Performativity in art as reconstructions of the self in addressing conditions of depression
Van Wyk, Vicki Alexandra Ross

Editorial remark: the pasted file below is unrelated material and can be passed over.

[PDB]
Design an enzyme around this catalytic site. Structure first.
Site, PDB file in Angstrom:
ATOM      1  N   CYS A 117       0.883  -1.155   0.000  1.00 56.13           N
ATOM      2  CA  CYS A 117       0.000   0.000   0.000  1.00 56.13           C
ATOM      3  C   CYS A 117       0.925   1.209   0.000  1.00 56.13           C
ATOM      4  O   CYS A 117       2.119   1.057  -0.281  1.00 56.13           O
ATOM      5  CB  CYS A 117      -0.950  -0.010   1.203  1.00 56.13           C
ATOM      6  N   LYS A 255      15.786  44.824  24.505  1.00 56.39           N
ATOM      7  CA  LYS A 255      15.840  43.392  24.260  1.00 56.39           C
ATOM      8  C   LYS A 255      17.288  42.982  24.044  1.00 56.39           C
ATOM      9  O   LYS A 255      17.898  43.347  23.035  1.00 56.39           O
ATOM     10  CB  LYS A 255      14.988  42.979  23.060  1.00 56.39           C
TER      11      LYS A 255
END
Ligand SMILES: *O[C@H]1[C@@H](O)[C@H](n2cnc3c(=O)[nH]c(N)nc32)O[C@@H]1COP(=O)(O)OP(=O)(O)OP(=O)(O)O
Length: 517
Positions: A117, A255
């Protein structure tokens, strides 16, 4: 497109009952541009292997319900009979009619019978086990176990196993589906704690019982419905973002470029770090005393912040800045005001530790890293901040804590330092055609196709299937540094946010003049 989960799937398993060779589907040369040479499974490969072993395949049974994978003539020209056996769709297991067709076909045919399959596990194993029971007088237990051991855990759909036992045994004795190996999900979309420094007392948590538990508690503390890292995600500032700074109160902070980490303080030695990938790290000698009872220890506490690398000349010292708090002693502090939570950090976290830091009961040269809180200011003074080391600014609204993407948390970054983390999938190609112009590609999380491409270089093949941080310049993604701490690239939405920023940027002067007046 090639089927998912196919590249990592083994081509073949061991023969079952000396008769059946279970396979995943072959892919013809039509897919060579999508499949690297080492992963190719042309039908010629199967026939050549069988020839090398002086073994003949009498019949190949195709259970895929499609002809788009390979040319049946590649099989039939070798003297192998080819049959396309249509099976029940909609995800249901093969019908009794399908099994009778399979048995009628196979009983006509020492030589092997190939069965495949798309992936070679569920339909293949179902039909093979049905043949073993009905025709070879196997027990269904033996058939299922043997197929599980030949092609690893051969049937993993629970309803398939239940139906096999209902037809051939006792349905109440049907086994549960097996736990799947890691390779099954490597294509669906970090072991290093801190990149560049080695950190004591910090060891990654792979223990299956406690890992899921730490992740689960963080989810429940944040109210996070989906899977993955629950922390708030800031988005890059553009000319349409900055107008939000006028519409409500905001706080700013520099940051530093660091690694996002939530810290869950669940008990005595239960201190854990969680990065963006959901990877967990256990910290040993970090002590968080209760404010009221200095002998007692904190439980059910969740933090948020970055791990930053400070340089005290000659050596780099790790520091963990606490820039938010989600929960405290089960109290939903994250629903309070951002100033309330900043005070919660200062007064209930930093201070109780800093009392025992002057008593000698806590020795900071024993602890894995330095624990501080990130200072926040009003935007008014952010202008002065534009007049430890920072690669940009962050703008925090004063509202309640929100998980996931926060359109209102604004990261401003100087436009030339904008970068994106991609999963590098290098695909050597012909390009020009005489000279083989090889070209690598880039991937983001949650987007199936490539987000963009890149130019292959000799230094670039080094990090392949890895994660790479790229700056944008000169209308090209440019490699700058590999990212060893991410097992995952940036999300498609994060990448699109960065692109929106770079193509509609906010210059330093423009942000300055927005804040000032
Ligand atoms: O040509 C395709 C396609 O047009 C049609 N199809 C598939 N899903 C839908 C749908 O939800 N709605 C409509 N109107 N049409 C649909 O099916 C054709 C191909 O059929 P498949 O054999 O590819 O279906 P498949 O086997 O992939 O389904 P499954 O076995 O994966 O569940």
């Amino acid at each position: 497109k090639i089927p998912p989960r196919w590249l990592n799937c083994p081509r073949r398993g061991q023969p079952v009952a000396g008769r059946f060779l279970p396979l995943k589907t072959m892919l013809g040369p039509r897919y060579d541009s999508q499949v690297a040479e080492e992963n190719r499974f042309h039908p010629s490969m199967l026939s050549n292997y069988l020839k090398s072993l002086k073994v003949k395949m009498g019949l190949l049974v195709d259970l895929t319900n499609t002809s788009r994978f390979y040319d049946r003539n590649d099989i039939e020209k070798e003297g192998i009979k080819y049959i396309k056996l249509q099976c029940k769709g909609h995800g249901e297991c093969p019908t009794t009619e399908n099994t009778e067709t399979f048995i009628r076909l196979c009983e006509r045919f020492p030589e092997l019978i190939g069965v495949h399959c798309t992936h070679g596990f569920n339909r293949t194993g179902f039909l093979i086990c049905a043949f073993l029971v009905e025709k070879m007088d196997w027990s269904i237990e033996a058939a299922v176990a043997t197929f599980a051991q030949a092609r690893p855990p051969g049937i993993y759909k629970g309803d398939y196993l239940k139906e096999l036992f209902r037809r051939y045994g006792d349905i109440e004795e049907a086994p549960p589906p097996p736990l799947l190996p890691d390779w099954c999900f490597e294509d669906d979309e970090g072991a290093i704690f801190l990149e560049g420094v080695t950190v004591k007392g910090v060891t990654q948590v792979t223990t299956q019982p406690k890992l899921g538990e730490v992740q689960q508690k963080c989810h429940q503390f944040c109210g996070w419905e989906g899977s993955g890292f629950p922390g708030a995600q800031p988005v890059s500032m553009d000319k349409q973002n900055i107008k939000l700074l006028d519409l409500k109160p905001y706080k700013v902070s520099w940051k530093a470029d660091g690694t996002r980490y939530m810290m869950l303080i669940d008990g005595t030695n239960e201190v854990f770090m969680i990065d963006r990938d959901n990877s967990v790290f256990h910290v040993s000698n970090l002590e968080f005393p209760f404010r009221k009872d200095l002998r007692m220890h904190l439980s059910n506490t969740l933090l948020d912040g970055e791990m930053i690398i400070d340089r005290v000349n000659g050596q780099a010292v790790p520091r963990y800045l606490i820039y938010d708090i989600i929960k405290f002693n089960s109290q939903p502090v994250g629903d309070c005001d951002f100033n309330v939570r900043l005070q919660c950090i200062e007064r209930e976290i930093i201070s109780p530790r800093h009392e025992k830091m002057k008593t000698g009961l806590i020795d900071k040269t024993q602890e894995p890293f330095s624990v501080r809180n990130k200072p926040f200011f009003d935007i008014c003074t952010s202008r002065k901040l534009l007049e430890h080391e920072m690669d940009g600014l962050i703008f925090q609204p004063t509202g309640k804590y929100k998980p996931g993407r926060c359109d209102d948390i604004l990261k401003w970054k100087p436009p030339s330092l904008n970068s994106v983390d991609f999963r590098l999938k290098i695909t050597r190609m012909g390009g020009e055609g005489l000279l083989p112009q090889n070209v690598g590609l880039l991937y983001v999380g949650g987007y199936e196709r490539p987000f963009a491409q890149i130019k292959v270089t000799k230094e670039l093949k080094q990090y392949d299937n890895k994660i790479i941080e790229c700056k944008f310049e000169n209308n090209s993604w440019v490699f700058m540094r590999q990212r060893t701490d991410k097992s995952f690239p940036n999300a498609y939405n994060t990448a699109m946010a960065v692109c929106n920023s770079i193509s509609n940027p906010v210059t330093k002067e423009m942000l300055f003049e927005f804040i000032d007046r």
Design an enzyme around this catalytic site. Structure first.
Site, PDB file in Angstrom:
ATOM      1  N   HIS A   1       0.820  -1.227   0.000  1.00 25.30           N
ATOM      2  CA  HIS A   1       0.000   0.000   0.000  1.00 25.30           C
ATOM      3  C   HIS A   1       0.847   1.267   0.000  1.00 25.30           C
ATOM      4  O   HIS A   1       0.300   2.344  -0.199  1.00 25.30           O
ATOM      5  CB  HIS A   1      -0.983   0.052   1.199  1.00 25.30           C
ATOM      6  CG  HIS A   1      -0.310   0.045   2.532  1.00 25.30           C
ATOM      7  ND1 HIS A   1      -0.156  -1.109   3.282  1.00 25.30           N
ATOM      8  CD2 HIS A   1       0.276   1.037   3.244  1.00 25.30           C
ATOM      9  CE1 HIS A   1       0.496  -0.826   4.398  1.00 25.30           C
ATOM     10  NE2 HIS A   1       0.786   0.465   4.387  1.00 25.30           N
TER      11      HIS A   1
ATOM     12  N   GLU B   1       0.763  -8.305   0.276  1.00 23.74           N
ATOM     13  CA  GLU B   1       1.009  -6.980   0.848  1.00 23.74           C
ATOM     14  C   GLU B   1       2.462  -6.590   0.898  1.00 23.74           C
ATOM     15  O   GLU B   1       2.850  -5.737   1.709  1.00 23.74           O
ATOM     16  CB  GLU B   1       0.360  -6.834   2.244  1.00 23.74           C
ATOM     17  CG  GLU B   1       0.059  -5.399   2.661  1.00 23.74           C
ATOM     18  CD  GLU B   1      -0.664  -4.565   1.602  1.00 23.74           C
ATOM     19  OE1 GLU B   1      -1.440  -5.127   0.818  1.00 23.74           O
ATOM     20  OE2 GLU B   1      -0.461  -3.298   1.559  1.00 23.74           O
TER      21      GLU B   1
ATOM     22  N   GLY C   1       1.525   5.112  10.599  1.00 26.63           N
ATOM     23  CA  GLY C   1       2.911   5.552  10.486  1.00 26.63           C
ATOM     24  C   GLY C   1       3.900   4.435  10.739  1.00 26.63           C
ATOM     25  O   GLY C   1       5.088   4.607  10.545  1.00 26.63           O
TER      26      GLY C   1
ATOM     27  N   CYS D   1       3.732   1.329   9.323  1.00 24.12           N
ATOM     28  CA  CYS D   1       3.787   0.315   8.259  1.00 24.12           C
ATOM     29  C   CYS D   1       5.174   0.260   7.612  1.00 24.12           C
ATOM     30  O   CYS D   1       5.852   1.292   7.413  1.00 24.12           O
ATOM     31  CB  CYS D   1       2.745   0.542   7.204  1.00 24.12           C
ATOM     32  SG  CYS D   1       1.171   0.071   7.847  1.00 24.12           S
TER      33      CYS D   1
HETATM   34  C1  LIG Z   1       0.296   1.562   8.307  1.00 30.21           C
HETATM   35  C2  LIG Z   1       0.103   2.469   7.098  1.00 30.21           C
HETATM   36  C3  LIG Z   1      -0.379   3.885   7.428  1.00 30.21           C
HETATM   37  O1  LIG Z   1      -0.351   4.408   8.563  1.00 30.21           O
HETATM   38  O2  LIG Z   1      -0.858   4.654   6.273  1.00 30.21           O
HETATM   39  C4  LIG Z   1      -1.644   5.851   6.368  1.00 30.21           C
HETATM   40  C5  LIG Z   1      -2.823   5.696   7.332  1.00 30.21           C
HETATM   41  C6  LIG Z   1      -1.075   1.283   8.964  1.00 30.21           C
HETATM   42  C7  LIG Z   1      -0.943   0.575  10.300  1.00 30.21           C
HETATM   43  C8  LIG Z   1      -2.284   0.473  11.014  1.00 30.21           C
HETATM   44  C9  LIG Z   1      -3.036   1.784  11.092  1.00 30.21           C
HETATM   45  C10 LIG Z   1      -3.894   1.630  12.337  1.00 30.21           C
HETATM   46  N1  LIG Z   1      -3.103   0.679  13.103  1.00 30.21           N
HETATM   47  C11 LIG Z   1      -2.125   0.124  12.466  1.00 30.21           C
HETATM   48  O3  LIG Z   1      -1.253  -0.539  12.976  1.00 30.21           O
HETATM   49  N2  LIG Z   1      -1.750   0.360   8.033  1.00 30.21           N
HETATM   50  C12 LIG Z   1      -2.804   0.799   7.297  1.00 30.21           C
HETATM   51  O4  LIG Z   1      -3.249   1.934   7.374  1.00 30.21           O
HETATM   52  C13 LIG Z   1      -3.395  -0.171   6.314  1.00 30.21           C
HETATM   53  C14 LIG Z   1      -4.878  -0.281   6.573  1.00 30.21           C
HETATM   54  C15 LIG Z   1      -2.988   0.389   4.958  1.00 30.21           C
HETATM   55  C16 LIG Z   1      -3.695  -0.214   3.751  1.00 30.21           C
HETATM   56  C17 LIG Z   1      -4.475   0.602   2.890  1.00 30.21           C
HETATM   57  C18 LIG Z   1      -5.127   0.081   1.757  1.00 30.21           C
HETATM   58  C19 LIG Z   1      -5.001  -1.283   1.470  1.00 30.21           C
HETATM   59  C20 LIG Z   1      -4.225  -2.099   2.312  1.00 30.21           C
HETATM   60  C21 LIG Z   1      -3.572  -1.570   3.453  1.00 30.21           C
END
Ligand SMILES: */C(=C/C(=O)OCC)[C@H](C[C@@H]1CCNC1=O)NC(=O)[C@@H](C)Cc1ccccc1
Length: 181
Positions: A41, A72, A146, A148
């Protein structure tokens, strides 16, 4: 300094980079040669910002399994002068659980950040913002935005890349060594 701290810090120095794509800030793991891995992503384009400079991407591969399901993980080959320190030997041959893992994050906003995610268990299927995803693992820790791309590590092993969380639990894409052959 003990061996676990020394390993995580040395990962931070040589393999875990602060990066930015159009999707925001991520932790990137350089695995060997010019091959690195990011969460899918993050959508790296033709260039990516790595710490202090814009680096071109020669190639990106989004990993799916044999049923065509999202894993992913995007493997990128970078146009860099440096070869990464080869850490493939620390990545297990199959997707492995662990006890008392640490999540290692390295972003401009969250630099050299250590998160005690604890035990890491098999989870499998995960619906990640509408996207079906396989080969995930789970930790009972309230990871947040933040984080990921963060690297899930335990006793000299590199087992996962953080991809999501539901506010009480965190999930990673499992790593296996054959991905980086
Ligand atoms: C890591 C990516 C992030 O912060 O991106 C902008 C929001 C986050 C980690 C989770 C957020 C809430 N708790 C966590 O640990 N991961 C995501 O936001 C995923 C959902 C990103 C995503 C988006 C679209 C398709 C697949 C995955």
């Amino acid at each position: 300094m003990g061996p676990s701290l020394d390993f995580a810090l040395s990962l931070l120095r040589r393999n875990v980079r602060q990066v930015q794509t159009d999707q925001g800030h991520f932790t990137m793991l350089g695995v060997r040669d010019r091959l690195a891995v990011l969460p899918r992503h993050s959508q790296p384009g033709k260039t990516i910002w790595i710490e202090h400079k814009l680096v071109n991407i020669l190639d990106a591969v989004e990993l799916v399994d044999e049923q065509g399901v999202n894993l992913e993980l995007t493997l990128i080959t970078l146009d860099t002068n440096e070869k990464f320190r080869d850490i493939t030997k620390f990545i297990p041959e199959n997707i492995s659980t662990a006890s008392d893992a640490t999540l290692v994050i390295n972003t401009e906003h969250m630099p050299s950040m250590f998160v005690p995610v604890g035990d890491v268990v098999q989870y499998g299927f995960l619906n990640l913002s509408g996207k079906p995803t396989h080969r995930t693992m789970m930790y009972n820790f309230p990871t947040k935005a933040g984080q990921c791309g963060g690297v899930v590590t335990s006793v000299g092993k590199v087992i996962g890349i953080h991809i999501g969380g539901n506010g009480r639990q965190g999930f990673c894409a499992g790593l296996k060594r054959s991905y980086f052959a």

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The motivation for this research results from the notion that art-making is a regenerative enriching process that can counteract the sense of dislocation that one suffers as a consequence of depression. The study has two objectives: to open a discourse around the transformative function of art for a person suffering depression; and challenge notions of dominant constructed ideals of normality by presenting alternative realities of the performative mind. From the earliest memories of my life, I knew I did not fit in, I was not part of the crowd. Depression has been my companion ever since I can remember. The intention for this self-study is to interrogate the ways in which art can become a self-actualising process in coping with depression. The content for this research deals with narratives of the mind, that is, my understanding of who I am. I have therefore, positioned myself as the pivot for this research, drawing on authentic personal experiential knowledge. This autobiographical phenomenological study is thus a self-reflexive exploration addressing concepts of difference and belonging in relation to social constructs of acceptability. The study looks at contemporary concepts of multiple selves, relationality and the application of therapeutic methodologies within art practice. Art-making becomes games of truth, mind games that offer alternative realities and possibilities for the construction of complex, multi-faceted narratives as dialogues between the self and the inner critic. Of importance is the concept that self is not a fixed conclusive notion but one that continues to unfold, shift and become a multi-layered construct. These new narratives examine how creativity enables or creates a sense of belonging or re-positioning of one’s states of mind. The overall intention of the art-making process is its potential for transformative self-recovery processes – the re-construction of who we are, rather than how we are perceived. This research thus examines the notion of belonging in this world through body/land enactments of ritualised behaviour. The body as metaphor investigates rites of passage as the re-tellings of one’s story within specific body/site/space relationships. The ideal of connection to site is central as a means of renewal and recovery – these performative relationships become the creative meaning-making processes of locating or positionality. In support of these ideas and concepts, the work of Ana Mendieta, Magdalena Abakanowicz and Suzanne Lacy are considered in relation to ideals of positionality and as reflecting each artist’s ethics or paradigms of equality. Artworks are examined against the notion of locating oneself within social contexts. The aim is to question the intention and outcomes of art-making as social function in dealing with issues of marginalisation and stigma. Performativity, personal writings/reflections and memory drawings are the quintessential tools of my art-making. The written psychological renderings and unravellings of my mind, questionings that are both reflexive and critical, are intentionally presented in dialogical, conversational and direct modes. This personal tone aims to allow a scope into my mind – it is my perspective from the inside, my voice, my personal understanding of the potential of art as a metaphorical process of transformation. Lacy asserts that the artist becomes a witness, reporter and analyst for socio-culturally biased concerns; a performance gives public articulation and permission to speak out loud, gives voice to internal dialogues, reveal information that requires questioning and that personal individual experience has profound social implications. Lacy believes that it is an innate human need to reflect on the meaning of one’s life and one’s work (2010:176-177). Central to the findings of this study, are both the transgressive and transformative functions of art.